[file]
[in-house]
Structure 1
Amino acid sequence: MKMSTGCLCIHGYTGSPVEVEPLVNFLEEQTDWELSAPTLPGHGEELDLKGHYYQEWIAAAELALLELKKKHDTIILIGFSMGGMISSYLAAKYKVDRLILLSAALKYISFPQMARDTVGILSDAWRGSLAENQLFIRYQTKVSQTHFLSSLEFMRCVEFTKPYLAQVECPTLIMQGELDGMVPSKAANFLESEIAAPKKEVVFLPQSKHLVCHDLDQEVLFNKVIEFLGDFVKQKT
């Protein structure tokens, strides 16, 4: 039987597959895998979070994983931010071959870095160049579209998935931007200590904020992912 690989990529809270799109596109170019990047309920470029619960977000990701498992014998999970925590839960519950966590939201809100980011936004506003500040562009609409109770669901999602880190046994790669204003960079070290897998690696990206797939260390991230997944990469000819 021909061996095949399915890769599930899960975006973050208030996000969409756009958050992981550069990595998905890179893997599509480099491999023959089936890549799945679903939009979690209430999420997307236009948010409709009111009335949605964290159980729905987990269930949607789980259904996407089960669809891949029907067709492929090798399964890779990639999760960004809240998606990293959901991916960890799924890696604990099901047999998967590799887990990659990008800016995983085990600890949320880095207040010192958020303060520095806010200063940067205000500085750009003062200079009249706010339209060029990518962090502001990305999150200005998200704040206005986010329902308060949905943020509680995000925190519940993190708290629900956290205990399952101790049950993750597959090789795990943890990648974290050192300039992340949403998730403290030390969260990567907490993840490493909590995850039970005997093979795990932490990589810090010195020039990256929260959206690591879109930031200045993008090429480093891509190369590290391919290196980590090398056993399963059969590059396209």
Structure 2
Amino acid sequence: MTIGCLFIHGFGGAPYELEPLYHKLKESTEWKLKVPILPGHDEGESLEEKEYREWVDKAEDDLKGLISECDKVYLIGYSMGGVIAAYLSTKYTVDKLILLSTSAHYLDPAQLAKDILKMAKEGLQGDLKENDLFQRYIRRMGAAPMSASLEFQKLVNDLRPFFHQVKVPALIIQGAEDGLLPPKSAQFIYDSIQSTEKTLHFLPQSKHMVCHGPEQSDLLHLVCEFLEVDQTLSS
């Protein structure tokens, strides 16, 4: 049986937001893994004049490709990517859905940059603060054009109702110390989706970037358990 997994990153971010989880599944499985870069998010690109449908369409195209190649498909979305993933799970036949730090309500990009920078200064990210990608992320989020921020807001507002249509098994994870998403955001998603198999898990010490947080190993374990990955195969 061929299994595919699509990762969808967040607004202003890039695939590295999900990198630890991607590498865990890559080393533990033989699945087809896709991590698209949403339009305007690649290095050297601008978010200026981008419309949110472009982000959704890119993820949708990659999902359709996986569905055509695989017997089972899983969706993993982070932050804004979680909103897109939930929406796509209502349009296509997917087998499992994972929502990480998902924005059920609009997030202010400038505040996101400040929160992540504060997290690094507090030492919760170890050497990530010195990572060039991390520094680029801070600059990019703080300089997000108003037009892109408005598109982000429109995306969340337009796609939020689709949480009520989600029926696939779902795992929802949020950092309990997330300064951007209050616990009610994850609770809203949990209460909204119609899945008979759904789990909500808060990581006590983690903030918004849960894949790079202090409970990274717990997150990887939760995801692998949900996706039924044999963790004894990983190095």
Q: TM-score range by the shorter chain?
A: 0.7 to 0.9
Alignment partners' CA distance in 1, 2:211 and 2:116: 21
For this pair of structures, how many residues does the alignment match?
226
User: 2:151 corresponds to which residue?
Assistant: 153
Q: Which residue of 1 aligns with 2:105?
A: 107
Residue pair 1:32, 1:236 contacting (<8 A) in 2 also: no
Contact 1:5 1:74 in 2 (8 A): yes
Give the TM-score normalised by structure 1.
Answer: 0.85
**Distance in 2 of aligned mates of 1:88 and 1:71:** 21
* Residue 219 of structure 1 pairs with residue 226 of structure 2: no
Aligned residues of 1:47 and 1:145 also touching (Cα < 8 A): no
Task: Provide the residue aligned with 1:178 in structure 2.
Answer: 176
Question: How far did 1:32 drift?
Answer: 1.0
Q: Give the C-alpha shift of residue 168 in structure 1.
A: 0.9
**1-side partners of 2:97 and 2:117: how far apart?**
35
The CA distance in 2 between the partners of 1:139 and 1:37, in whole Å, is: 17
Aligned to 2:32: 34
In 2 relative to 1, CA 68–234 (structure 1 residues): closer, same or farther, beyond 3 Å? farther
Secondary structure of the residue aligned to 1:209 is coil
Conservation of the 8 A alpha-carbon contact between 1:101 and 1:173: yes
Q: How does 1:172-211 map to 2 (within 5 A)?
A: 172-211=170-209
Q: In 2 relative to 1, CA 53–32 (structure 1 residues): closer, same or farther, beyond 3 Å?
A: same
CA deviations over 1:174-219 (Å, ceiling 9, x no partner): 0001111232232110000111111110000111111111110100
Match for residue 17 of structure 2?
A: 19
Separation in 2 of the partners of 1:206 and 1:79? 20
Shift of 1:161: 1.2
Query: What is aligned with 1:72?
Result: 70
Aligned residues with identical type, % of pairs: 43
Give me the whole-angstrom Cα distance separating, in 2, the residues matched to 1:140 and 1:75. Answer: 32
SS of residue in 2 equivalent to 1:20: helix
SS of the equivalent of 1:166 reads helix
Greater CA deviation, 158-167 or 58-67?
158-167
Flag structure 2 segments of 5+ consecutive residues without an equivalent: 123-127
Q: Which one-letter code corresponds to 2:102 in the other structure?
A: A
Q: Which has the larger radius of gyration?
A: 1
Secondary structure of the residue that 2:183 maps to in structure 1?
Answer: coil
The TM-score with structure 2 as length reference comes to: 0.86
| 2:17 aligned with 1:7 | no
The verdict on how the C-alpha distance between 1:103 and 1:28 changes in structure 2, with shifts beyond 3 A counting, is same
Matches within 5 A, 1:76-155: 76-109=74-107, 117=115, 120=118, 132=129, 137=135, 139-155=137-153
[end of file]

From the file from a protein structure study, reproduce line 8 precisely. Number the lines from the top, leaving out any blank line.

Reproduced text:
Q: TM-score range by the shorter chain?